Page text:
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Are there any exceptions to the statute of repose for medical malpractice?

Richardson, TX |

I was unable to file for over ten years, as a result of the mistreatment from the doctor.My health has improved greatly and I am physically and mentally competant. Are there any exceptions to the statute of repose, in the circumstance that I want to sue him? Thank you!

Attorney Answers 6

Posted

If you were under a disability or a minor when the alleged malpractice occurred, maybe. Statutes of repose are designed to cut off claims when, in the opinion of the state's legislature, enough time has passed for its citizens to have been able to reasonably discover whether or not a physician has breached the standard of care. Statutes of repose vary greatly among the 50 states. Check with an experienced Texas medical negligence trial lawyer. Some of the best in the country come from Texas.

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Posted

Have a local med mal investigate your circumstances.

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Posted

As noted, there is an expectation that you will bring suit within a reasonable period after discovering the injury. For example, if a patient doesn't discover scissors left in after a operation until three years later, they may still have a period to bring suit.

So it depends on circumstances. An attorney can analyze the situation and offer advice.

I am licensed in New Mexico and Pennsylvania, and therefore any discussion of issues related to other states must considered within that context. In addition, my comments are not intended to create a legal representation but merely to respond to the limited facts presented by the question. Any opinion herein is not meant as a precise statement of legal rights or as a recommendation of any particular course of action. A more complete legal review can be obtained through local counsel.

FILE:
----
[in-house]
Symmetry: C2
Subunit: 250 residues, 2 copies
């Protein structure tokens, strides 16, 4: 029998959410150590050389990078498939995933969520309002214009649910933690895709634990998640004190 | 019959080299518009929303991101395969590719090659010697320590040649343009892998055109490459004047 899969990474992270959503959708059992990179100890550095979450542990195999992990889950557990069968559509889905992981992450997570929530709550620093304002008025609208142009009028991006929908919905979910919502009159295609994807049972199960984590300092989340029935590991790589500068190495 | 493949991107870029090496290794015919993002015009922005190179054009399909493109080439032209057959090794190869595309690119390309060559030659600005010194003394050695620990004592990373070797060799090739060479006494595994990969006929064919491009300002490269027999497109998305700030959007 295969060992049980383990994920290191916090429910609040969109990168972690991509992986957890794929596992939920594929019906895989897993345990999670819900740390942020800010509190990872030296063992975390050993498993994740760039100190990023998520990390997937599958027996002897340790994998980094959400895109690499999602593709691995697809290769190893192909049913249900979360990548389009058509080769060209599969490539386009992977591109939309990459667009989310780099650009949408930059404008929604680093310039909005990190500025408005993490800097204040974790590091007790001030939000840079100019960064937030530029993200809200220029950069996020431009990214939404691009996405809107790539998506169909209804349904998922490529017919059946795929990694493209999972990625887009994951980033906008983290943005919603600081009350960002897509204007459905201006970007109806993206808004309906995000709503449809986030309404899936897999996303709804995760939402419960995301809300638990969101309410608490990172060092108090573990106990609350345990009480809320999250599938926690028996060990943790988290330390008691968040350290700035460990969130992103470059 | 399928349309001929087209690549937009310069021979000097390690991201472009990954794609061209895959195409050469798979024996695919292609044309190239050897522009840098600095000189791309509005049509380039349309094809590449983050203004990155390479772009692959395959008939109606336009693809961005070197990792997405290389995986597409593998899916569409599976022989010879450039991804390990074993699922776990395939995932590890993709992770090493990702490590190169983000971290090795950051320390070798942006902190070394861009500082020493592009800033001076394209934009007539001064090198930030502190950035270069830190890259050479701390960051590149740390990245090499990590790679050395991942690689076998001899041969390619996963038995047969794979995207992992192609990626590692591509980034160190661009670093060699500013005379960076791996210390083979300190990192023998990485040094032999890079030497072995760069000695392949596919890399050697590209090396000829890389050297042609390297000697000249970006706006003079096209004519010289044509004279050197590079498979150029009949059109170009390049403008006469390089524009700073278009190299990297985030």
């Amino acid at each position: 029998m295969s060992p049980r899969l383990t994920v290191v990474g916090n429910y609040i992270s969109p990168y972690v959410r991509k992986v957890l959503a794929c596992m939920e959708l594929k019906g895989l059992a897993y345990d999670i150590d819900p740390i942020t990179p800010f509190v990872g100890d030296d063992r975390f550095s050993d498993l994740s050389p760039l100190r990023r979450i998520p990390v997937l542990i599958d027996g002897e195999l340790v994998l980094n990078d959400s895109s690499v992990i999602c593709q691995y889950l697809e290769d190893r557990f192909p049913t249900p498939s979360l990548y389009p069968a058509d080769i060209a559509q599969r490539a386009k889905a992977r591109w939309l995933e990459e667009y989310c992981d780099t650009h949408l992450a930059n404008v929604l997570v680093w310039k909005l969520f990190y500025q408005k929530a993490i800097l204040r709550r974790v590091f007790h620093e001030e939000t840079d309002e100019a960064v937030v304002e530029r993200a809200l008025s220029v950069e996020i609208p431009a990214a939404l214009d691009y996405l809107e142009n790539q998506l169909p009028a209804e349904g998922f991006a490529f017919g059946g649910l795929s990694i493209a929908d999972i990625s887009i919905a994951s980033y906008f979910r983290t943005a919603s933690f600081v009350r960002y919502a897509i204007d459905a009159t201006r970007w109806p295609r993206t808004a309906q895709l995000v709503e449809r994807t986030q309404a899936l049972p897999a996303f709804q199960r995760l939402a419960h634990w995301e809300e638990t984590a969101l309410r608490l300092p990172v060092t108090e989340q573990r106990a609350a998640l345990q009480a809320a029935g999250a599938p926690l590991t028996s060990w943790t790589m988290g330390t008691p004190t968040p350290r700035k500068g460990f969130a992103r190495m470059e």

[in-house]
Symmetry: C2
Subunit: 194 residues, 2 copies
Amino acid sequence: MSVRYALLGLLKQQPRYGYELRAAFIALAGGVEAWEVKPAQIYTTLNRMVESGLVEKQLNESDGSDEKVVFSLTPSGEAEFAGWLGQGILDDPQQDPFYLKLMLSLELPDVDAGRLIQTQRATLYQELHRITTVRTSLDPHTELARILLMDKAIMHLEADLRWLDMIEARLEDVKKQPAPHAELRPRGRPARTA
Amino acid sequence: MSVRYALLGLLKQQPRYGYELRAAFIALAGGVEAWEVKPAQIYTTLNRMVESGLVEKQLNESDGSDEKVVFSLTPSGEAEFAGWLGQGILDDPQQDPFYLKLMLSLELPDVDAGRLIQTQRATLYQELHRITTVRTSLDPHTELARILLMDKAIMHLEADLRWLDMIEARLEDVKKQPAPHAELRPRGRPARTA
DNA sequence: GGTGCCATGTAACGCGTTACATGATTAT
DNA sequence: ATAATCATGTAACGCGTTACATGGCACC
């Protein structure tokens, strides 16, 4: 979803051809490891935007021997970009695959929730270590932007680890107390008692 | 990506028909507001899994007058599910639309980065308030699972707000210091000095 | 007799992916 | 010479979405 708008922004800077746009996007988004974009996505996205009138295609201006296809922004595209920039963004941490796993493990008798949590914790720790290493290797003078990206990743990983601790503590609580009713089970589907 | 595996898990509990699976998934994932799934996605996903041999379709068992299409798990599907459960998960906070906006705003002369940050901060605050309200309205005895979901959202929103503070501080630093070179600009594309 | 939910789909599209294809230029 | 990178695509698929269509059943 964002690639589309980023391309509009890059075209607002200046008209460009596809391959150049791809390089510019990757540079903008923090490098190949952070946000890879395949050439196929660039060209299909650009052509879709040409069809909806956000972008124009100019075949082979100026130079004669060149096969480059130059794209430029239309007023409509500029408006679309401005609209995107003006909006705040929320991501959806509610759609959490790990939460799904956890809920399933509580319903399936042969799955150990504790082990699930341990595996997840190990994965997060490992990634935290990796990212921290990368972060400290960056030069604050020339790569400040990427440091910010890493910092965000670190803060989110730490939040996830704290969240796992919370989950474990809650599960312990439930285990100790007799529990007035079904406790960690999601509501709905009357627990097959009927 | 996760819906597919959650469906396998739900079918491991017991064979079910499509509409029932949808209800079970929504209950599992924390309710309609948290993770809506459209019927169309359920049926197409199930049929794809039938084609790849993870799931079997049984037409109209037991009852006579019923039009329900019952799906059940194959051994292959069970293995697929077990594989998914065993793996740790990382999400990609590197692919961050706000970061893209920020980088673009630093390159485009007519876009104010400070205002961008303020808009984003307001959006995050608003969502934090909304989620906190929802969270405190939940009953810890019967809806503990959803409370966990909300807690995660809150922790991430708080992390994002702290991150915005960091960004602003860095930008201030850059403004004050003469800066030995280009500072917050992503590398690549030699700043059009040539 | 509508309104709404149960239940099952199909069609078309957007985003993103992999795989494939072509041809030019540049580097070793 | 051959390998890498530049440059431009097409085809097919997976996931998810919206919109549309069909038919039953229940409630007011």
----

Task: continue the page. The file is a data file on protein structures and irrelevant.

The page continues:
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Posted

Talk to a medical malpractice attorney. Be aware that in Texas, it is almost impossible to sue a doctor under the best circumstances because of tort reform.

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In general, the 10 year statute of repose that applies to medical malpractice actions in Texas is very strict. With that said, however, it is possible to challenge this limitation based on the Texas Constitution's Open Courts provision. This would be an uphill battle, though, and to justify the significant effort and expense that would be required, the facts of your case would have to be very unique. I recommend that you contact a qualified medical malpractice attorney in your area to discuss your potential case.

Medical malpractice cases are complex and I believe that clients are best served by contacting an experienced medical malpractice attorney. After all, results matter! You are welcome to contact me at 281-580-8800 or www.painterfirm.com. This Avvo comment does not create an attorney-client relationship and is for informational purposes only.

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Posted

Yes. The state of Texas law at this time is that if a minor is injured by medical negligence before the age of eight years, the statute of repose is unconstitutional and unenforceable as to the minor's claim. As of today, no appellate court has recognized any other exception. In fact, the Supreme Court of Texas has upheld the statute's constitutionality and enforced it against a plaintiff who first discovered eleven years after a hysterectomy that her surgeon had left a foreign body, specifically a surgical sponge, in her abdomen. So, unless you were under eight years of age when your doctor mistreated you, I'm afraid you are likely out of luck. Nevertheless, if you could show that you were mentally incompetent (and thus lacked legal capacity to sue) for all or a substantial portion of the time between the treatment in question and now, you might have a chance of success.

I encourage you to consult a lawyer about this immediately. I suggest that you consult a Richardson or Dallas plaintiffs' lawyer who is certified in Personal Injury Trial Law by the Texas Board of Legal Specialization. A link to the Board's website appears below.

Good luck.

www.tbls.org

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